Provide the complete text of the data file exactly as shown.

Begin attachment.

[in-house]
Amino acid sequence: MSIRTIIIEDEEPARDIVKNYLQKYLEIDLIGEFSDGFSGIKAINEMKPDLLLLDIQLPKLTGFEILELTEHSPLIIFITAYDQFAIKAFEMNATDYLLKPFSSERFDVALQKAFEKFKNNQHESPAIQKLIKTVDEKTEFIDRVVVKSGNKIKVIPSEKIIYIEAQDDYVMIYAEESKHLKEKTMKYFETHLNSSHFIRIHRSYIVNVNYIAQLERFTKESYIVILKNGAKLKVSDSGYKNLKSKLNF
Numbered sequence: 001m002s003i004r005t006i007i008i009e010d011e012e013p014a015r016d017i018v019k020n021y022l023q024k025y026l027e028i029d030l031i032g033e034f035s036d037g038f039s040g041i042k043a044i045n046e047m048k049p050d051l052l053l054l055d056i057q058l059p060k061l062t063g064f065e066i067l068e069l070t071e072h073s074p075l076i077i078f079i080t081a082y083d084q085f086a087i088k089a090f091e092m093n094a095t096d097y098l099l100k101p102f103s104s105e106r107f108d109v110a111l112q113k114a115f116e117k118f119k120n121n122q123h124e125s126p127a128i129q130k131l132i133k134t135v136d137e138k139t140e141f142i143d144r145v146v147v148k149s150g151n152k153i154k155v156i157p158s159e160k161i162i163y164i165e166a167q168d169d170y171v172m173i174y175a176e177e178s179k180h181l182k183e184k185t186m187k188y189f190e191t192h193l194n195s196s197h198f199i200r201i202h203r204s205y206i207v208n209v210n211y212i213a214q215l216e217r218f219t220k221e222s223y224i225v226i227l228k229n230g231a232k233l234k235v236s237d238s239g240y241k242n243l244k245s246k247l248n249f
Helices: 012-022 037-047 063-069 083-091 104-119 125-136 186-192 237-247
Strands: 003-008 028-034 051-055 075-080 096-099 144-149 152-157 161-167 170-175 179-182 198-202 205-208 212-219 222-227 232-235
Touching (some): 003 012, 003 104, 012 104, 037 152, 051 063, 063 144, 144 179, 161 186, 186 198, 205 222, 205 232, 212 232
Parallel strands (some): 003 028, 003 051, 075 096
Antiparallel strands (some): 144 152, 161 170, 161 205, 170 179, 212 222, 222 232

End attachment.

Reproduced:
[in-house]
Amino acid sequence: MSIRTIIIEDEEPARDIVKNYLQKYLEIDLIGEFSDGFSGIKAINEMKPDLLLLDIQLPKLTGFEILELTEHSPLIIFITAYDQFAIKAFEMNATDYLLKPFSSERFDVALQKAFEKFKNNQHESPAIQKLIKTVDEKTEFIDRVVVKSGNKIKVIPSEKIIYIEAQDDYVMIYAEESKHLKEKTMKYFETHLNSSHFIRIHRSYIVNVNYIAQLERFTKESYIVILKNGAKLKVSDSGYKNLKSKLNF
Numbered sequence: 001m002s003i004r005t006i007i008i009e010d011e012e013p014a015r016d017i018v019k020n021y022l023q024k025y026l027e028i029d030l031i032g033e034f035s036d037g038f039s040g041i042k043a044i045n046e047m048k049p050d051l052l053l054l055d056i057q058l059p060k061l062t063g064f065e066i067l068e069l070t071e072h073s074p075l076i077i078f079i080t081a082y083d084q085f086a087i088k089a090f091e092m093n094a095t096d097y098l099l100k101p102f103s104s105e106r107f108d109v110a111l112q113k114a115f116e117k118f119k120n121n122q123h124e125s126p127a128i129q130k131l132i133k134t135v136d137e138k139t140e141f142i143d144r145v146v147v148k149s150g151n152k153i154k155v156i157p158s159e160k161i162i163y164i165e166a167q168d169d170y171v172m173i174y175a176e177e178s179k180h181l182k183e184k185t186m187k188y189f190e191t192h193l194n195s196s197h198f199i200r201i202h203r204s205y206i207v208n209v210n211y212i213a214q215l216e217r218f219t220k221e222s223y224i225v226i227l228k229n230g231a232k233l234k235v236s237d238s239g240y241k242n243l244k245s246k247l248n249f
Helices: 012-022 037-047 063-069 083-091 104-119 125-136 186-192 237-247
Strands: 003-008 028-034 051-055 075-080 096-099 144-149 152-157 161-167 170-175 179-182 198-202 205-208 212-219 222-227 232-235
Touching (some): 003 012, 003 104, 012 104, 037 152, 051 063, 063 144, 144 179, 161 186, 186 198, 205 222, 205 232, 212 232
Parallel strands (some): 003 028, 003 051, 075 096
Antiparallel strands (some): 144 152, 161 170, 161 205, 170 179, 212 222, 222 232